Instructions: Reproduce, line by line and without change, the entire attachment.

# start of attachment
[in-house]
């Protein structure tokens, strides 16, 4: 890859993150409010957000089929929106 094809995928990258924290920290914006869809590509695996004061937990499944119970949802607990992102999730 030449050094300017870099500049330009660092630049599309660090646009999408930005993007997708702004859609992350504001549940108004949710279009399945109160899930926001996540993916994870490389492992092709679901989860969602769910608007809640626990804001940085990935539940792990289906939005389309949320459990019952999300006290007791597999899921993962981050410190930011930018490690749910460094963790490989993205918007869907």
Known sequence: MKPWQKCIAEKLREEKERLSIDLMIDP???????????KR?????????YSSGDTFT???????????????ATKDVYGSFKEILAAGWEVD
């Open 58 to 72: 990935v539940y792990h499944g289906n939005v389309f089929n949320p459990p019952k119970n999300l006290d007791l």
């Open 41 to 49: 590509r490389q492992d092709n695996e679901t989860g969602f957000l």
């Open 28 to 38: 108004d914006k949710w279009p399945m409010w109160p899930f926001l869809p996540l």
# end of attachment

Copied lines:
[in-house]
């Protein structure tokens, strides 16, 4: 890859993150409010957000089929929106 094809995928990258924290920290914006869809590509695996004061937990499944119970949802607990992102999730 030449050094300017870099500049330009660092630049599309660090646009999408930005993007997708702004859609992350504001549940108004949710279009399945109160899930926001996540993916994870490389492992092709679901989860969602769910608007809640626990804001940085990935539940792990289906939005389309949320459990019952999300006290007791597999899921993962981050410190930011930018490690749910460094963790490989993205918007869907």
Known sequence: MKPWQKCIAEKLREEKERLSIDLMIDP???????????KR?????????YSSGDTFT???????????????ATKDVYGSFKEILAAGWEVD
């Open 58 to 72: 990935v539940y792990h499944g289906n939005v389309f089929n949320p459990p019952k119970n999300l006290d007791l």
């Open 41 to 49: 590509r490389q492992d092709n695996e679901t989860g969602f957000l």
């Open 28 to 38: 108004d914006k949710w279009p399945m409010w109160p899930f926001l869809p996540l």